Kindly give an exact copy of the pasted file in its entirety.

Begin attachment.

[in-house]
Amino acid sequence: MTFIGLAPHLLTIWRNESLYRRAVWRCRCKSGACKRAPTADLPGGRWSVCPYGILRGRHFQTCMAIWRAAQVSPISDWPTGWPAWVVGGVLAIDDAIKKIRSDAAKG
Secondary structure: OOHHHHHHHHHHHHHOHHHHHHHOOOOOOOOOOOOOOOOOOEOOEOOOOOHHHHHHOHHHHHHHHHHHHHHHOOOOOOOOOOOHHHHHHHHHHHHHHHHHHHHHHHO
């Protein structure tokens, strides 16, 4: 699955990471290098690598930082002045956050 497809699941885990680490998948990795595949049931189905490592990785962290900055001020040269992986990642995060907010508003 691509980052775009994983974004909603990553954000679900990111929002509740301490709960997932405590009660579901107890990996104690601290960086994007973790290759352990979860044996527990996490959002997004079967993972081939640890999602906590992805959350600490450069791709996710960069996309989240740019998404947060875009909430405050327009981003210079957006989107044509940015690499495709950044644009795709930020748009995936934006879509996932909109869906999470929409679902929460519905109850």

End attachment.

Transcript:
[in-house]
Amino acid sequence: MTFIGLAPHLLTIWRNESLYRRAVWRCRCKSGACKRAPTADLPGGRWSVCPYGILRGRHFQTCMAIWRAAQVSPISDWPTGWPAWVVGGVLAIDDAIKKIRSDAAKG
Secondary structure: OOHHHHHHHHHHHHHOHHHHHHHOOOOOOOOOOOOOOOOOOEOOEOOOOOHHHHHHOHHHHHHHHHHHHHHHOOOOOOOOOOOHHHHHHHHHHHHHHHHHHHHHHHO
């Protein structure tokens, strides 16, 4: 699955990471290098690598930082002045956050 497809699941885990680490998948990795595949049931189905490592990785962290900055001020040269992986990642995060907010508003 691509980052775009994983974004909603990553954000679900990111929002509740301490709960997932405590009660579901107890990996104690601290960086994007973790290759352990979860044996527990996490959002997004079967993972081939640890999602906590992805959350600490450069791709996710960069996309989240740019998404947060875009909430405050327009981003210079957006989107044509940015690499495709950044644009795709930020748009995936934006879509996932909109869906999470929409679902929460519905109850």